As a travel writer you spend lots of time giving people travel tips on destinations, but also dispensing advice on how to make the whole experience run more smoothly. From a life working on the road you learn many lessons – lessons that everyone can benefit from. So join us now as we take you through nine crucial things you learn about travel as a travel writer.

1. To prepare, prepare and then prepare some more

Yes, part of the beauty of travel is being spontaneous, but the more planning you do in advance will help make sure things like travel health, money and your own safety will all take care of themselves. So many ‘travel nightmares’ come out of a lack of basic trip planning.

2. To always stay calm

This is both obvious and hard to do. The clichéd travel writer who bellows “do you know who I am?” is not going to win over hard pressed staff at airline check in who have seen all the histrionics before. Be polite (firm is ok) and calm, smile when you can and you might just find you do get given a better room, or that taxi driver might actually understand why you don’t want to pay double as you can read Greek and it isn’t a bank holiday, and that policeman may let you off with just a word of warning.

India, bombay, dabbas, mumbai, Dabbanwallah using a mobile phone to organise dabbas delivery times and places

3. The world changes fast

While it's nice to hark back to the old days, "oh, Goa was so much cooler before the backpackers moved in", this is actually a great thing. It means there is always a reason to go back to places rather than just say you have ‘done’ them. Most European cities have new attractions every year, but destinations like Dubai seem to transform themselves every month.

4. Free wi-fi is like gold dust

When you get the chance to get on wi-fi, whether it’s on a short bus journey or in a café, snatch it – you never know when you will next get online. Many hotels still charge for wi-fi so checking your emails coming in from the airport for free saves you racking up a steep hotel bill or mobile roaming charges.

5. A notepad and pen are essential

Free wifi and a strong phone battery are always welcome, but don’t ever totally rely on technology. Every writer knows always to have a pen and paper handy as often you cannot fire up devices on a plane and batteries tend to die just when you are taking a note of something really important.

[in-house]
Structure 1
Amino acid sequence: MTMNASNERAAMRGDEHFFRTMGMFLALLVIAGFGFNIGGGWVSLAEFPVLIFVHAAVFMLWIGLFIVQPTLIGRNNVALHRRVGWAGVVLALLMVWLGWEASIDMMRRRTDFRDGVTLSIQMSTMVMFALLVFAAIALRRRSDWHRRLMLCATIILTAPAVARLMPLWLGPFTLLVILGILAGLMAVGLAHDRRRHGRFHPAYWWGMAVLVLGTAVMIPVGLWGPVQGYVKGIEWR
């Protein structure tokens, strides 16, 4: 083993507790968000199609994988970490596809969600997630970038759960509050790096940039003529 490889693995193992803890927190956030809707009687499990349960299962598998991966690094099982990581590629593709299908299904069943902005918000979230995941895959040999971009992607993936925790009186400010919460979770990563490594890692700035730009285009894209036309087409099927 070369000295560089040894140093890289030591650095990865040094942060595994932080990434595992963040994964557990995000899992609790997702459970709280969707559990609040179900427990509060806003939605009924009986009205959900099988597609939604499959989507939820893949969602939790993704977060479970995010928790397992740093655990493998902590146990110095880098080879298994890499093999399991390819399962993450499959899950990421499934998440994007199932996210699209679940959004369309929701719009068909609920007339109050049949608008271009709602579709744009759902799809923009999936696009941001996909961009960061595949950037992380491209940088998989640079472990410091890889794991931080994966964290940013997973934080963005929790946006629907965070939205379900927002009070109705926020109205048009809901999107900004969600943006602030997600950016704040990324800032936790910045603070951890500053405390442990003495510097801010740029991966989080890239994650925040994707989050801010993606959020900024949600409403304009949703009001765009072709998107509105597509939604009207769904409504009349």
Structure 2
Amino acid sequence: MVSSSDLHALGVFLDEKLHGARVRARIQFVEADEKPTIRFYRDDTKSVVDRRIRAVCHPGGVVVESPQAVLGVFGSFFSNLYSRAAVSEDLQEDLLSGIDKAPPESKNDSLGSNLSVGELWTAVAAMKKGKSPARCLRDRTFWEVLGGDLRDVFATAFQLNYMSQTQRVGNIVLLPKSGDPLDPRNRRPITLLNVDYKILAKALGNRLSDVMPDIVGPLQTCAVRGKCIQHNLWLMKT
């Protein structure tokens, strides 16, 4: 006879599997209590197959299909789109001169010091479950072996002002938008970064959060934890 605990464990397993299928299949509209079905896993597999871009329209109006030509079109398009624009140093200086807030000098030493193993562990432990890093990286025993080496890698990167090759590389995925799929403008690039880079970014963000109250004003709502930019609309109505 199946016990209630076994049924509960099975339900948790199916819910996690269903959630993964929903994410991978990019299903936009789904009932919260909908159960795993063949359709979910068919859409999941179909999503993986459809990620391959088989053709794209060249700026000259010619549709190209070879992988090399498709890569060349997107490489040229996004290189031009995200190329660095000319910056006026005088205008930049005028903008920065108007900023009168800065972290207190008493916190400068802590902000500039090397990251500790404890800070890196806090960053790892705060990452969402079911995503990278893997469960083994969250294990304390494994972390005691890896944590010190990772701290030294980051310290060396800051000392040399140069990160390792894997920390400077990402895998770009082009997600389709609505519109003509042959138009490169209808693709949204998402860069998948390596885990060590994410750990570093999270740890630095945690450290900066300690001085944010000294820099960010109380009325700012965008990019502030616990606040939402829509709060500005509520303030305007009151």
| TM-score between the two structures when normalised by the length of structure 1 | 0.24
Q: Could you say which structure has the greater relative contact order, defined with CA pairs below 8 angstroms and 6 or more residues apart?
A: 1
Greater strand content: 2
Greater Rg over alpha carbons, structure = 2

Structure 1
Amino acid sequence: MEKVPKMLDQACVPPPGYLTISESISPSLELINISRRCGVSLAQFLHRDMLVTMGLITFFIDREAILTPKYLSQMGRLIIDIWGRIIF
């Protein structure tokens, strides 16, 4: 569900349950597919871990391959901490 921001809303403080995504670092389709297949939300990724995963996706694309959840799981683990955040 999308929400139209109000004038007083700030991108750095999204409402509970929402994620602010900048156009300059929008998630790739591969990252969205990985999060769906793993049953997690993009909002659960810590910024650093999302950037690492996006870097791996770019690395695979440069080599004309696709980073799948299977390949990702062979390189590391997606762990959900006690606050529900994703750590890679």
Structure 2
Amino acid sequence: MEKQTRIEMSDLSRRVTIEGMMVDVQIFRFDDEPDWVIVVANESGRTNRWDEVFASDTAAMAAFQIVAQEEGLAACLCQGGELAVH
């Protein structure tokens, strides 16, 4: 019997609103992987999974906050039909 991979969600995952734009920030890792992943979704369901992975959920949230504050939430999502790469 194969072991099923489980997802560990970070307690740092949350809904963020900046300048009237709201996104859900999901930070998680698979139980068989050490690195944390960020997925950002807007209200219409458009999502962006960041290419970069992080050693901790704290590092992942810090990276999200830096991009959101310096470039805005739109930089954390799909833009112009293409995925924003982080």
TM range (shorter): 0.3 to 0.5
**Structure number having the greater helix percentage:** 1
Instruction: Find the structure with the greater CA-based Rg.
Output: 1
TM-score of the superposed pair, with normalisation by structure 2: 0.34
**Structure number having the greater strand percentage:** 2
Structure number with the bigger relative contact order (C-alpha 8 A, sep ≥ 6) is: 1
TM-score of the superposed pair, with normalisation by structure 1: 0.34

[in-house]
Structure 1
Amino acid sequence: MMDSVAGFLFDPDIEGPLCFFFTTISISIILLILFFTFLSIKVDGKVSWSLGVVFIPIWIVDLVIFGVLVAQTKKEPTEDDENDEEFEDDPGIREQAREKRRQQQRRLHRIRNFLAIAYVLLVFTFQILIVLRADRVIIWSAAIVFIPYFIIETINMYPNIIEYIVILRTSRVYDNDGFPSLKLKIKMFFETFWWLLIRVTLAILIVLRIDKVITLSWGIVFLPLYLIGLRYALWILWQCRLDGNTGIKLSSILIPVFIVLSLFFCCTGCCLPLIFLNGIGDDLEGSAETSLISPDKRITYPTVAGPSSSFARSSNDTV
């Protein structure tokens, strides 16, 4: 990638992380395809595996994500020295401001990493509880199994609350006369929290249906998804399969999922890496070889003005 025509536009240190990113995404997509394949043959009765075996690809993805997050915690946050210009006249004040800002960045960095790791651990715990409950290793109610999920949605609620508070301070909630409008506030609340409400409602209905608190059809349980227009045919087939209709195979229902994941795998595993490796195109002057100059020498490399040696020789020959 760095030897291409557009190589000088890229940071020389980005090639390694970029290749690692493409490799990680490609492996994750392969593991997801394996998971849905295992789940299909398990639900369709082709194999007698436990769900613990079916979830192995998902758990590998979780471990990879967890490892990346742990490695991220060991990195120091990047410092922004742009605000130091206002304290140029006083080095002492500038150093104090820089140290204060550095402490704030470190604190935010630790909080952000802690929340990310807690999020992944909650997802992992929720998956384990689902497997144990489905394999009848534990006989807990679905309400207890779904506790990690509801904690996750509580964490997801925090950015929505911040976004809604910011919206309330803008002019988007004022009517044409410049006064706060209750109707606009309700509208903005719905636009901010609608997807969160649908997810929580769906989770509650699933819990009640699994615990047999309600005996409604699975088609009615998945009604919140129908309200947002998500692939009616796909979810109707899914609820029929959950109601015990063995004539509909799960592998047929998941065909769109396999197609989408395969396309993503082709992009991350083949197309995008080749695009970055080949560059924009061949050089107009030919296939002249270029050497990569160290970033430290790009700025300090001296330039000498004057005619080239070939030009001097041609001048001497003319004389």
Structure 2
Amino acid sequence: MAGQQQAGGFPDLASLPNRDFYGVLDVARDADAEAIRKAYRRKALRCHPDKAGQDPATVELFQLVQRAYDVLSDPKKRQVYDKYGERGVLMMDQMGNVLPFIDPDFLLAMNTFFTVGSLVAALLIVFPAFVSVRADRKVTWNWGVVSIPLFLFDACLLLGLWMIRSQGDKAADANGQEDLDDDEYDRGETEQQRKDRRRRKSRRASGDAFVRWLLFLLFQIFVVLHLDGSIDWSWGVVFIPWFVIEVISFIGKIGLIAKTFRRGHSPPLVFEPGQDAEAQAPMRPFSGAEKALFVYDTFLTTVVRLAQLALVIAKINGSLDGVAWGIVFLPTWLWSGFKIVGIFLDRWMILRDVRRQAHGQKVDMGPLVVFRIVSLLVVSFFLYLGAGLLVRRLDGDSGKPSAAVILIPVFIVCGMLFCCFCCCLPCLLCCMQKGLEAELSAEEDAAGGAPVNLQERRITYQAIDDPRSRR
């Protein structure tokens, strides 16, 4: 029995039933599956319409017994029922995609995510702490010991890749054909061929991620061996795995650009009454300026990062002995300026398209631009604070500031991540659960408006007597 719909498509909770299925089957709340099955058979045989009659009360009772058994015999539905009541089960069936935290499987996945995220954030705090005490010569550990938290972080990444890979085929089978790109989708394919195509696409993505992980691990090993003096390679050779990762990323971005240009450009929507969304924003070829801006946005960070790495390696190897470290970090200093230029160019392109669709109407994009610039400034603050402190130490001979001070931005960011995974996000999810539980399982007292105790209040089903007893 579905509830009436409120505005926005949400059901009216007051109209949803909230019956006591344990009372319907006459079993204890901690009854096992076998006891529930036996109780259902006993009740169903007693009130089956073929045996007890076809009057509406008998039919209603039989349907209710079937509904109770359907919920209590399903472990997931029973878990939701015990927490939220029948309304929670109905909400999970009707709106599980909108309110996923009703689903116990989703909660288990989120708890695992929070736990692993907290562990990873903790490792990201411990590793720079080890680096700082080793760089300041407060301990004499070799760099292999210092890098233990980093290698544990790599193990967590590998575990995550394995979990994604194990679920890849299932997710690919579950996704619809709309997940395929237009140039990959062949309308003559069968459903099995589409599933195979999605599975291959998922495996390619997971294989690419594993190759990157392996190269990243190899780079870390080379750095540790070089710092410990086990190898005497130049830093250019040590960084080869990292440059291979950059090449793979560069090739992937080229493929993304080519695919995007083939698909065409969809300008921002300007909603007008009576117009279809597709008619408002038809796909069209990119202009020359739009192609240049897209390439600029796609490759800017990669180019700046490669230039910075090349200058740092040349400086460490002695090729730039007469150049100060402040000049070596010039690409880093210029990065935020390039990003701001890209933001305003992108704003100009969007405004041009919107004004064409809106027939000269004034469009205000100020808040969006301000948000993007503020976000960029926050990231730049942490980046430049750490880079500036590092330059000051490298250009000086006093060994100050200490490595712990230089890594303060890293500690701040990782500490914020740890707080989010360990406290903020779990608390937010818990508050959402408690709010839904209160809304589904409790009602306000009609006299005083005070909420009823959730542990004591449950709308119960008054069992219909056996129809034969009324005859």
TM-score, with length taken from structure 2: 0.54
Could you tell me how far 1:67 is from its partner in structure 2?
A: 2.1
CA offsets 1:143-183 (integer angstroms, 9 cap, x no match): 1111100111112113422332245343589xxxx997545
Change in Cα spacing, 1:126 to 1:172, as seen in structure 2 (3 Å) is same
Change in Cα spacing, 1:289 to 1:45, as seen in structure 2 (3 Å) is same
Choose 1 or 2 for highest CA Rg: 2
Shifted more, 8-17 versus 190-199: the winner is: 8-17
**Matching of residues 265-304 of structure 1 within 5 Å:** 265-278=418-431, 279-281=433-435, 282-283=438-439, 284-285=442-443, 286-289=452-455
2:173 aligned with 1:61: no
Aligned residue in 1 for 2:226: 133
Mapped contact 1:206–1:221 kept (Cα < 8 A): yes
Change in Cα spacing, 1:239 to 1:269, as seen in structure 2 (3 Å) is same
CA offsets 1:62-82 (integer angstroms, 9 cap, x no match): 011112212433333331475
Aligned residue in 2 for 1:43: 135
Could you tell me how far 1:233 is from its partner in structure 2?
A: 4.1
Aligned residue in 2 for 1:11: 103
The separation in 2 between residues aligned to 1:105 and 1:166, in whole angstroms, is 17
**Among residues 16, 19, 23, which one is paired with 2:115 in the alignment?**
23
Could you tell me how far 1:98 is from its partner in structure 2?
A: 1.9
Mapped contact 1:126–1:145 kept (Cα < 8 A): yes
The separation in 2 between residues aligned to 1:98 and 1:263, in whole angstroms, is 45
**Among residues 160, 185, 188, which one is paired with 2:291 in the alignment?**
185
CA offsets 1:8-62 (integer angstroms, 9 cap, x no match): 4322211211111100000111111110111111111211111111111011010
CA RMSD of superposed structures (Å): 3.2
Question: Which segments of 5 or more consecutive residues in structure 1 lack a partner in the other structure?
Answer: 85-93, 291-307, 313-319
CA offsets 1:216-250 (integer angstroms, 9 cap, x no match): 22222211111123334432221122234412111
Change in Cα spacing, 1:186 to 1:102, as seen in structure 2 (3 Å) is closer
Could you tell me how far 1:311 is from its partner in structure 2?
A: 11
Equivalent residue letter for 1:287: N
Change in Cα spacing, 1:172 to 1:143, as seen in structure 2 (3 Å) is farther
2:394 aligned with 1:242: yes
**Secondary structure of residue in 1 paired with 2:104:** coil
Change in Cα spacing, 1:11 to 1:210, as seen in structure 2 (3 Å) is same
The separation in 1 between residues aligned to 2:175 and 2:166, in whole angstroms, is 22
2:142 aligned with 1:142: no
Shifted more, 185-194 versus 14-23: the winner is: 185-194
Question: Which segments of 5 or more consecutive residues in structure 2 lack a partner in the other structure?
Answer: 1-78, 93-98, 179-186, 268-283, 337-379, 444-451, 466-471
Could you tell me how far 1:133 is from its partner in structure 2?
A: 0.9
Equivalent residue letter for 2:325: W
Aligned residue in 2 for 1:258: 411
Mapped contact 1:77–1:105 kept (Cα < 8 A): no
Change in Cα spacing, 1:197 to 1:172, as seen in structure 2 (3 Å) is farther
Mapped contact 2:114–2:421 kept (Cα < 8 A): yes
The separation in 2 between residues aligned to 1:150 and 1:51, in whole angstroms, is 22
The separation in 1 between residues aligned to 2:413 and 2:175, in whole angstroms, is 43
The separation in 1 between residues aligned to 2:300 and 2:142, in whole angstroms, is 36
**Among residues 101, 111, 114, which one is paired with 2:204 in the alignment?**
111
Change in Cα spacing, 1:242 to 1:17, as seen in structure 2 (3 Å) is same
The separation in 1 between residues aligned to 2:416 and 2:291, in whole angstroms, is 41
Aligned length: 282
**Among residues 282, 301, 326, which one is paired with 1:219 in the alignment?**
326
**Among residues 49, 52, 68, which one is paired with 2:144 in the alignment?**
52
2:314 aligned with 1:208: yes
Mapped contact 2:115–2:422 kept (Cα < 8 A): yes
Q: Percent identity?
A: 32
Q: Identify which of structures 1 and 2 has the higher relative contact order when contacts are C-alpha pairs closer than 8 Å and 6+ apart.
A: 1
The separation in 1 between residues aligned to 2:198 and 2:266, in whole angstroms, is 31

Nepal, Bardia National Park, tourist photographing wildlife (Indian rhinoceros)

6. Take photographs and then take some more

You may well only visit a place once in your life, so snap away. In this era of quality smart phones and digital cameras there is no excuse for not taking photo after photo. It doesn’t matter if you’re not a great photographer to start with, your images will get better and will be enough to help keep your own memories warm and show friends.

7. Don’t be a stranger

It is easy to walk around in a cocoon chatting with your mates or thinking about home on the road. Yes, you will still come back with memories of Paris, but you will also have missed the great chat you could have had with the guy at the crêpe stand, or that ultra-friendly student in the Left Bank who could have told you about that cool pop-up bar. Apply the usual sensible precautions you would at home and meeting people really can make a trip.

8. The world is an incredible place

It really is. Hardened hacks can get, er, a little cynical about travel given the sheer volume of places they visit. While travel writing isn't always the dream job people often think it is (there's an awful lot of hard work involve, we promise!), we are still lucky. It is important to remember – and you will always enjoy a trip more if you do – that most people will just never get to visit the places you see.

Alpamayo peak in Cordilleras mountainby Fotolia: Galyna Andrushko

9. To always take a guidebook

We might be biased, but hear us out: a physical guidebook will stand by you when you have no power or signal on your mobile devices. It is also great for dipping into in the bath (and you won’t get an electric shock if you get it wet) or on a plane. Truth be told, many travel writers themselves would struggle without one.

Compare flightsbook hostels and hotels for your trip, find tours and don’t forget to purchase travel insurance before you go.